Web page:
You wouldn’t think that cybercriminals would be brave or bold enough to attack police departments with ransomware, but it happens far more frequently than anyone outside of the IT security world would ever assume.
In fact, the rate of cybersecurity attacks on police departments worldwide continues to climb ever higher on an annual basis.
It’s critically important that police departments are taking the necessary steps to secure and protect their IT infrastructure and their valuable data from ransomware. Here is a list of cybersecurity tips that police departments can implement to help keep their data safe.
Train the Department on Best Use Security Practices
The world’s most advanced cybersecurity software isn’t going to mean much at all if the people using the network throughout the police department don’t understand the best use safety practices they should be following to secure and lockdown that infrastructure.
Officers (and anyone else using the network, for that matter) should be regularly trained and updated on best use practices, attending these training just as they would for any of their other “on-the-job” responsibilities.
Here are some free government resources for police departments.
- U.S. Department of Homeland Security’s National Cybersecurity Assessments and Technical Services (NCATS)
- National Computer Forensics Institute Training
- FBI’s Cybersecurity Resources
Lock Down Your Wireless Network
Open Wi-Fi channels are far too prevalent “out in the wild”, especially if you work at a police department that may not be as technologically savvy as others.
These open Wi-Fi channels give cybercriminals effortless access to your entire network, essentially like leaving all of your jail cells wide open after you book and bring perpetrators in.
You need to close down this barn door, that’s for sure, and it’s important that you are using Wi-Fi network encryption protocols that give you a lot more control over your network while further securing it.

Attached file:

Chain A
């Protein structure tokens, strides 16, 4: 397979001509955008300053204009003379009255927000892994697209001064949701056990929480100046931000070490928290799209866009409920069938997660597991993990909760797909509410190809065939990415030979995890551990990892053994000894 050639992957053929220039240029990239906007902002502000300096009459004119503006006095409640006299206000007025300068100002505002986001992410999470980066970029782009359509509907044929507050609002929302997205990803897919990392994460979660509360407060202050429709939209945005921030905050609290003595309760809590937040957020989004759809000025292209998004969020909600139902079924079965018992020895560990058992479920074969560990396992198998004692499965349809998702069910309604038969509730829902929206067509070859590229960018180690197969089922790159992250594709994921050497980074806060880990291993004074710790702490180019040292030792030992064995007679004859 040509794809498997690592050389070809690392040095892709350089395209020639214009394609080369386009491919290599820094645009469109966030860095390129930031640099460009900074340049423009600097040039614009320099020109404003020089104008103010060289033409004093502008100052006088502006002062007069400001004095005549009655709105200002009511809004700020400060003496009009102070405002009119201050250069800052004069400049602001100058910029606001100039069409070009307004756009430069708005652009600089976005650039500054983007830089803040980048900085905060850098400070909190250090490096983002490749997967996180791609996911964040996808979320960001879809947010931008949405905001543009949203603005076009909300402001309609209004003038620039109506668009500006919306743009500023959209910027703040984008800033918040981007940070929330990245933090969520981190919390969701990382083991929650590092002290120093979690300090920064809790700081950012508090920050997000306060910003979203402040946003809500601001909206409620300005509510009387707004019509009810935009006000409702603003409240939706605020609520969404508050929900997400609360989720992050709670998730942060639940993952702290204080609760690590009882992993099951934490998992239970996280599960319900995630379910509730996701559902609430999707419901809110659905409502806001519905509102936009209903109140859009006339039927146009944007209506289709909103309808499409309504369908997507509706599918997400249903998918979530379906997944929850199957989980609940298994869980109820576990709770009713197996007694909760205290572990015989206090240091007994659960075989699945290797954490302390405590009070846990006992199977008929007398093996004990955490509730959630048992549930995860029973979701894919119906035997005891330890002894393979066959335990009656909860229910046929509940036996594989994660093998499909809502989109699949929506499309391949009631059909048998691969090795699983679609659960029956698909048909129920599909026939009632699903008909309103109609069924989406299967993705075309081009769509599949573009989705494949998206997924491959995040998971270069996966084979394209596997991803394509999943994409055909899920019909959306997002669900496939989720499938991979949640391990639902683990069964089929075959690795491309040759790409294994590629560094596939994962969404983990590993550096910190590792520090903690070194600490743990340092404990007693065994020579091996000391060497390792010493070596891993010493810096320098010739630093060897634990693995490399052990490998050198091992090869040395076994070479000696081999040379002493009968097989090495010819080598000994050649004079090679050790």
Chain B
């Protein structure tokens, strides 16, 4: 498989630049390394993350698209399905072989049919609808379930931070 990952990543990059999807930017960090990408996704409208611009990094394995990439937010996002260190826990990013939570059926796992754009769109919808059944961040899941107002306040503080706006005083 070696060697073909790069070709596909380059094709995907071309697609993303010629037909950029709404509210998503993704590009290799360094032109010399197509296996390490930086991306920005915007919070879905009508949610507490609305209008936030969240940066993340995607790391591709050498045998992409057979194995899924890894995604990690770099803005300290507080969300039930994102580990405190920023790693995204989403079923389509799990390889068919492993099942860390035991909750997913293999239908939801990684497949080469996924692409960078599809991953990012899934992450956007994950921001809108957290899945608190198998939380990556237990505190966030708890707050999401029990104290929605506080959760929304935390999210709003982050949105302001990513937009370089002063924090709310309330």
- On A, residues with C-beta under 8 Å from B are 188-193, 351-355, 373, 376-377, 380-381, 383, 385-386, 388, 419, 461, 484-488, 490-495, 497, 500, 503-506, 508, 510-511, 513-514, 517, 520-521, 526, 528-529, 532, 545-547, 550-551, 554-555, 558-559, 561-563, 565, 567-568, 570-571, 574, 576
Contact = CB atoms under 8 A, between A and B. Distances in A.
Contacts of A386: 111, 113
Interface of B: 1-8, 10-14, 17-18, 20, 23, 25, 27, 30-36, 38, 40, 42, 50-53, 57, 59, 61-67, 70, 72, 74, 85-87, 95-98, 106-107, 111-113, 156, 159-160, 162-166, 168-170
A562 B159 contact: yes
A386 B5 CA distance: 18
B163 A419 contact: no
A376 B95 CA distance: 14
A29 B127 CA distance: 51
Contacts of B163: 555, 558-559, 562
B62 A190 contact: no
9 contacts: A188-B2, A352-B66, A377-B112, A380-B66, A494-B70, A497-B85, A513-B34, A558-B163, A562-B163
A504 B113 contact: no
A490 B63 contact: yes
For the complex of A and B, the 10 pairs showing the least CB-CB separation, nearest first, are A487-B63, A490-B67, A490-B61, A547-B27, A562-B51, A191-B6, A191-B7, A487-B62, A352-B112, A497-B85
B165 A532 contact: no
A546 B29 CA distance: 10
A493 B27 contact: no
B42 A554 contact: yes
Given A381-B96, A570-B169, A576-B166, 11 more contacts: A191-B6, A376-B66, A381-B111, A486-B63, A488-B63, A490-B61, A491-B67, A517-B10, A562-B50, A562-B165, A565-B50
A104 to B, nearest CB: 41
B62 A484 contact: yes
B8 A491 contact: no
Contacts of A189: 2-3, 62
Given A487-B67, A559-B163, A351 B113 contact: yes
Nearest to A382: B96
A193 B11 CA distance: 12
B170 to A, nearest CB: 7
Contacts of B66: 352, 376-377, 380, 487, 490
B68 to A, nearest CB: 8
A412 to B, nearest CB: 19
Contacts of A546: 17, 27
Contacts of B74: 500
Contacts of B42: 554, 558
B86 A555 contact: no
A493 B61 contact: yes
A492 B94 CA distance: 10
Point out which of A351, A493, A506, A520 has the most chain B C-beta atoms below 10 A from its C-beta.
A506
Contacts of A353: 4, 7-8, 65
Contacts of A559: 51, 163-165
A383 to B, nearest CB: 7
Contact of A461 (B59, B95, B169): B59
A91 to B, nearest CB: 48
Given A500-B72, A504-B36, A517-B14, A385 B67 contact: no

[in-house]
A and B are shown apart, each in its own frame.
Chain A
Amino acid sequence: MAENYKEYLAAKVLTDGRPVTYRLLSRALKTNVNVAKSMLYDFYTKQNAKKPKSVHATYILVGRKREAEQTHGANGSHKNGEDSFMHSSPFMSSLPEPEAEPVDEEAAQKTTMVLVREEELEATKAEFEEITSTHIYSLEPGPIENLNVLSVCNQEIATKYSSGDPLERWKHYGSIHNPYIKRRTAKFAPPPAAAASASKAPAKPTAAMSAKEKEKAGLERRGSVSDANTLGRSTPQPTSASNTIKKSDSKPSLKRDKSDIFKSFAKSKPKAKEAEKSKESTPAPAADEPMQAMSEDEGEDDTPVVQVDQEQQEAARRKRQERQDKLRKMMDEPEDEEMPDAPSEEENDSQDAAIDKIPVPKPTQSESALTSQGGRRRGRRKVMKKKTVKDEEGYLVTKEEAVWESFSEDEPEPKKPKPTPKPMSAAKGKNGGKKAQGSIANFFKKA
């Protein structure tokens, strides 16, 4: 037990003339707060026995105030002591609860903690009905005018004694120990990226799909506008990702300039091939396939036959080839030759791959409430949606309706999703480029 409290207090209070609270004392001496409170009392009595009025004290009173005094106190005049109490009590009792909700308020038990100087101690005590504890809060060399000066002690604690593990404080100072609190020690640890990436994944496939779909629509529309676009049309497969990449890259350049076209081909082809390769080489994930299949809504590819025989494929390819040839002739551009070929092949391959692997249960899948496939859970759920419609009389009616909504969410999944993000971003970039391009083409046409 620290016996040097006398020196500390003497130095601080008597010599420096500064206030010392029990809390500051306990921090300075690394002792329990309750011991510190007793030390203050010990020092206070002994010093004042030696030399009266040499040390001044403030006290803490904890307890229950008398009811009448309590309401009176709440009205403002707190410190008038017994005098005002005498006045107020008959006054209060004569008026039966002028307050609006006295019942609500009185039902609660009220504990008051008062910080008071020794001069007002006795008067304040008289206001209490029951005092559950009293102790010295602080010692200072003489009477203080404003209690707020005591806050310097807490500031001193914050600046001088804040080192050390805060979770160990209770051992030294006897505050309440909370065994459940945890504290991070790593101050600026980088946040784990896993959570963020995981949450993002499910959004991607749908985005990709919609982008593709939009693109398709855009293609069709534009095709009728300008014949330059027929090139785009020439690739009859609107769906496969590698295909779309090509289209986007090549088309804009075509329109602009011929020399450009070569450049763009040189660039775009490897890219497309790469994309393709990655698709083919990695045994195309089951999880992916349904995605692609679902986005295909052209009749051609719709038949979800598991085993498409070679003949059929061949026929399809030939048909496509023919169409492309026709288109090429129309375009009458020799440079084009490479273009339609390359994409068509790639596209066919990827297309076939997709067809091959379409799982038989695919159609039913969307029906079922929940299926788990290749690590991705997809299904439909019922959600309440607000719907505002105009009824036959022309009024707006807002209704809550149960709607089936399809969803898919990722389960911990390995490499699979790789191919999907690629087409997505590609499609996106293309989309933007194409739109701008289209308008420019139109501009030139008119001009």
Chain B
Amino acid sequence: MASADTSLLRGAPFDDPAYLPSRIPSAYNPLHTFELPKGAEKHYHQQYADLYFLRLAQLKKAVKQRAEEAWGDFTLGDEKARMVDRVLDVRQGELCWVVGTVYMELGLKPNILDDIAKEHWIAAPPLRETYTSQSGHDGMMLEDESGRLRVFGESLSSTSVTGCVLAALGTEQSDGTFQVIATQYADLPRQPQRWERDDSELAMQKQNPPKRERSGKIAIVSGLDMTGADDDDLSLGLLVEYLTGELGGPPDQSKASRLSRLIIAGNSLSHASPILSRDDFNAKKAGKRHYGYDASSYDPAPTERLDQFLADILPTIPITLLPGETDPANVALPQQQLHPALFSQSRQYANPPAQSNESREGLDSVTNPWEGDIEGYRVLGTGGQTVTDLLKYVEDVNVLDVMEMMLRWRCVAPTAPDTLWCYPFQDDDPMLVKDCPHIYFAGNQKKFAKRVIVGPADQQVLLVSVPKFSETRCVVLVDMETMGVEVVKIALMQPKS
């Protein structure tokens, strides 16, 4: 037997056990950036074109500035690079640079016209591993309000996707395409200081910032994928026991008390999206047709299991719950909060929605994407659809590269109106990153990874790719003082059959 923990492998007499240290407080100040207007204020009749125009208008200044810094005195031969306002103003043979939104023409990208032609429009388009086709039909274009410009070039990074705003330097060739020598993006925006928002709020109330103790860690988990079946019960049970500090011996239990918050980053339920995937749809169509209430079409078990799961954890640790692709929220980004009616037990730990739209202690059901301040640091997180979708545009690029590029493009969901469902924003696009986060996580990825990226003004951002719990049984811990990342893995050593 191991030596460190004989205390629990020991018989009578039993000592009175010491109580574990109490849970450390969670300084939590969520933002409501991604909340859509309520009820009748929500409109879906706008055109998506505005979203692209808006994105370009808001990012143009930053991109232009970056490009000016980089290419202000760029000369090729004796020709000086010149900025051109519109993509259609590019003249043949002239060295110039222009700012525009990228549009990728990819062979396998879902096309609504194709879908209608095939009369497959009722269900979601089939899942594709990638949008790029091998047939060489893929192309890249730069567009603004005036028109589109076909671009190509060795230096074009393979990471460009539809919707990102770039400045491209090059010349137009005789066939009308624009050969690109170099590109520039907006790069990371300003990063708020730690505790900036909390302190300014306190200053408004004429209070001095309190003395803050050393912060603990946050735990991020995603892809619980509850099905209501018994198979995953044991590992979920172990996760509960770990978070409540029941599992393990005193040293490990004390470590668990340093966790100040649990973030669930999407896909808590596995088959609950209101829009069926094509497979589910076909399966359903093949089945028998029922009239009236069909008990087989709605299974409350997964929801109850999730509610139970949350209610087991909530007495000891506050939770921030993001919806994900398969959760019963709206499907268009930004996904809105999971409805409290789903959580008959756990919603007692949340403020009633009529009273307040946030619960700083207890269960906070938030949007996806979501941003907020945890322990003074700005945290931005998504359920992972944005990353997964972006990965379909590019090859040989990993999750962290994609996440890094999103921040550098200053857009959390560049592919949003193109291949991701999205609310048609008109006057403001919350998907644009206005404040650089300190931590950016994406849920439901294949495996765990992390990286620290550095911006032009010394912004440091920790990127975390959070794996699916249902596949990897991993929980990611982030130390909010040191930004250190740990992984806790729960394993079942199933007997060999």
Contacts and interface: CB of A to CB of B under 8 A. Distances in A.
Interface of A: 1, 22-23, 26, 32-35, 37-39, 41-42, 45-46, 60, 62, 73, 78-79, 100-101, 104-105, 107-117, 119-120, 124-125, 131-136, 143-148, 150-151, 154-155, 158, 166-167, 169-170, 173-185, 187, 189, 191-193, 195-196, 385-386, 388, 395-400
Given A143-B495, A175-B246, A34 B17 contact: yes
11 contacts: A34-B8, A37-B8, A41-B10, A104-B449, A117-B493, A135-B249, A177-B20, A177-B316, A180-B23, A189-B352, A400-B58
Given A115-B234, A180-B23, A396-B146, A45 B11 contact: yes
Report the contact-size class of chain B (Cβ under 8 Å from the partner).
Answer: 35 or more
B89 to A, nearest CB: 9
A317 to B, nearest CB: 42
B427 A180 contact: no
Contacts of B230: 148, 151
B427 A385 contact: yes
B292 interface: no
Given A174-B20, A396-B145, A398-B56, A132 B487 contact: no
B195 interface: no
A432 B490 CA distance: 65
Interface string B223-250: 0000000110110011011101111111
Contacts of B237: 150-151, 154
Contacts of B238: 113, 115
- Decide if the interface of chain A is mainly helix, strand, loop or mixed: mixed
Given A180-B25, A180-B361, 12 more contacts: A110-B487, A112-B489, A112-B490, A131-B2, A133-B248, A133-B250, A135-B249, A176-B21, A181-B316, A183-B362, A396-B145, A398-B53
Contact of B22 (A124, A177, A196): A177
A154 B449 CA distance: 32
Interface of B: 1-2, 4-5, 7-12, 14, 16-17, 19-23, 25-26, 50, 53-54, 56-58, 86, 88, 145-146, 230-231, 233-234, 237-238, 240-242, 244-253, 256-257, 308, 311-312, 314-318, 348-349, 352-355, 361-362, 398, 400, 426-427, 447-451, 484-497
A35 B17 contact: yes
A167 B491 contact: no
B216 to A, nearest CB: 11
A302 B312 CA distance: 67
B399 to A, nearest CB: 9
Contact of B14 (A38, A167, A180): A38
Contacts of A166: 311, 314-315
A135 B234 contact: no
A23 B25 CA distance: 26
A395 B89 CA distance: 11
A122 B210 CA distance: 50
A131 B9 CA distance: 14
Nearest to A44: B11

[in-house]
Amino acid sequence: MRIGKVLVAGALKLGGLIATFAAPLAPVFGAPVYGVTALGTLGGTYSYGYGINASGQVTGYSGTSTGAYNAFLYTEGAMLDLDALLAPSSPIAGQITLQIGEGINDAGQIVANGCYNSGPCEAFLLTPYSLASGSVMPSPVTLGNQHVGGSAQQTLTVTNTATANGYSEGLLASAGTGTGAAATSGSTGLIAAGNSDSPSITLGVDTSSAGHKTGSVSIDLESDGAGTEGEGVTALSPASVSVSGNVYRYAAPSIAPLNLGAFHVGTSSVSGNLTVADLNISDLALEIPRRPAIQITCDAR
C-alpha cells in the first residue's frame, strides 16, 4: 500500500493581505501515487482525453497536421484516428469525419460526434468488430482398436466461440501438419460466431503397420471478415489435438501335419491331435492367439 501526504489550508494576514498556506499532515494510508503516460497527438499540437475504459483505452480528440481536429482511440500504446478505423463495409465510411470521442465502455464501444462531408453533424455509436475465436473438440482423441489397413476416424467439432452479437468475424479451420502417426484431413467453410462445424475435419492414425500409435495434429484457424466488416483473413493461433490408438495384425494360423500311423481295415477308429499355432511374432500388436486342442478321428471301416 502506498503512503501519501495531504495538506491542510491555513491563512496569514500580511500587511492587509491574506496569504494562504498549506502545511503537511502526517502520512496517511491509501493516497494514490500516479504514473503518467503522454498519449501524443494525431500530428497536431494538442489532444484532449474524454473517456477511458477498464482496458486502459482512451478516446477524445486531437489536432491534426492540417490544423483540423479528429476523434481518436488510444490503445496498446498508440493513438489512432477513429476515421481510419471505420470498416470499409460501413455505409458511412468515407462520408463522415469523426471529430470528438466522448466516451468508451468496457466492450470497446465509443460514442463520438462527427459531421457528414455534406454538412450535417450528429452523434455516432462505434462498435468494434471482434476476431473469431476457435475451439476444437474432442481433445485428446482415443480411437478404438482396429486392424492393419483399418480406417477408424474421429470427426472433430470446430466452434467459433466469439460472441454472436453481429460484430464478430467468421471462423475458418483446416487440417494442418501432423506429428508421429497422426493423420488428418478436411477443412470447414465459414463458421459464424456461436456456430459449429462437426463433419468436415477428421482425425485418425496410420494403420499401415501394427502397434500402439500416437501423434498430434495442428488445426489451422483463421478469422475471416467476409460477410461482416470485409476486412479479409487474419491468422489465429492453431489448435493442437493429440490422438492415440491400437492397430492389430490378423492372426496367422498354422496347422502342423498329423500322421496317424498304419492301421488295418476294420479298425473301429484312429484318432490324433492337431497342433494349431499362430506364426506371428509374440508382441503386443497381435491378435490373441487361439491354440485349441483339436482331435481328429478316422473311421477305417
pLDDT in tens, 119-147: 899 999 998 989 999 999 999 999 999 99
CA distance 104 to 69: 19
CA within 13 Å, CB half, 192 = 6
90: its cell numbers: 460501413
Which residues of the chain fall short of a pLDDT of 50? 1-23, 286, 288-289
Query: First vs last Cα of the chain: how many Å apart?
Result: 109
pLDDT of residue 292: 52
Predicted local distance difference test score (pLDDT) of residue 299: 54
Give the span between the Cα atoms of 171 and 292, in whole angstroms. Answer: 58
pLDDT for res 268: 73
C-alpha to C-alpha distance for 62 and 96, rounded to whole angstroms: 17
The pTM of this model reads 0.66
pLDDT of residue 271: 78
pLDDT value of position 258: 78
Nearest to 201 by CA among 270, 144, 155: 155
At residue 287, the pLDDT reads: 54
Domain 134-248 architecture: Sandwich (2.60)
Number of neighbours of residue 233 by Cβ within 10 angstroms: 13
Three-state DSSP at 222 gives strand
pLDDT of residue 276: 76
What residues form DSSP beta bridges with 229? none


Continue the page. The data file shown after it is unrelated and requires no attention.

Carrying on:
Use Cybersecurity Software
The foundation that a police department’s cybersecurity efforts should be built on top of always includes a rock-solid antivirus and malware protection system.
It’s surprising the number of police departments that aren’t using frequently updated or reputable antivirus solutions & malware protection software with a track record of success.
This has to be the first investment any police department makes in their cybersecurity protocol.
Take Advantage of Password Management Systems
Frequently the weakest link in any security system are passwords that are easy to guess – and the easiest passwords to guess are usually the easiest for individuals to remember, which makes this a bit of a double-edged sword.
Thankfully though, with the help of quality and reputable password management systems every single person using your IT infrastructure can create their own secure passwords without the headache and without hassle – and without having to memorize these complex, multi-character passwords along the way.
Let the password management system handle the heavy lifting for you and you’ll see the security of your network skyrocket almost immediately.
Backup and Secure Everything
At the end of the day, multiple backups of critical data need to be made on a daily basis (ideally multiple times throughout the day) following the 3-2-1 backup strategy.
Three copies of data spread across two different storage mediums, one of which is located off-site, will provide you with the kind of redundancy you can rely on in the event of a viral attack or a ransomware breach.
Without these kinds of backups available (and secured ahead of time), your entire system will always be vulnerable to cybercriminals, something that happens far too often in the policing world.
Implement Two Factor Authentication (At Minimum)
Two-factor authentication (like you’ll find with a lot of popular online services, including those from Google and in the financial world) is a major leap forward in the world of cybersecurity and something that your police department will want to consider implementing across the board for devices.
Thumbprint scanners, PIN numbers, passcodes, and more can all be taken advantage of to provide an extra layer of security on top of your password to further lock down and protect your police department.
Ideally, departments would be so well-funded that they could always take advantage of the latest and greatest in online and cybersecurity solutions – but we all know this isn’t necessarily the case.
This is why you’ll likely have to be a little inventive and a little innovative in how you secure your IT infrastructure, but make no mistake about it – that infrastructure needs to be backed up, secured, and locked down ASAP. Police officers aren’t the only government employees that need to be following cybersecurity protocols either.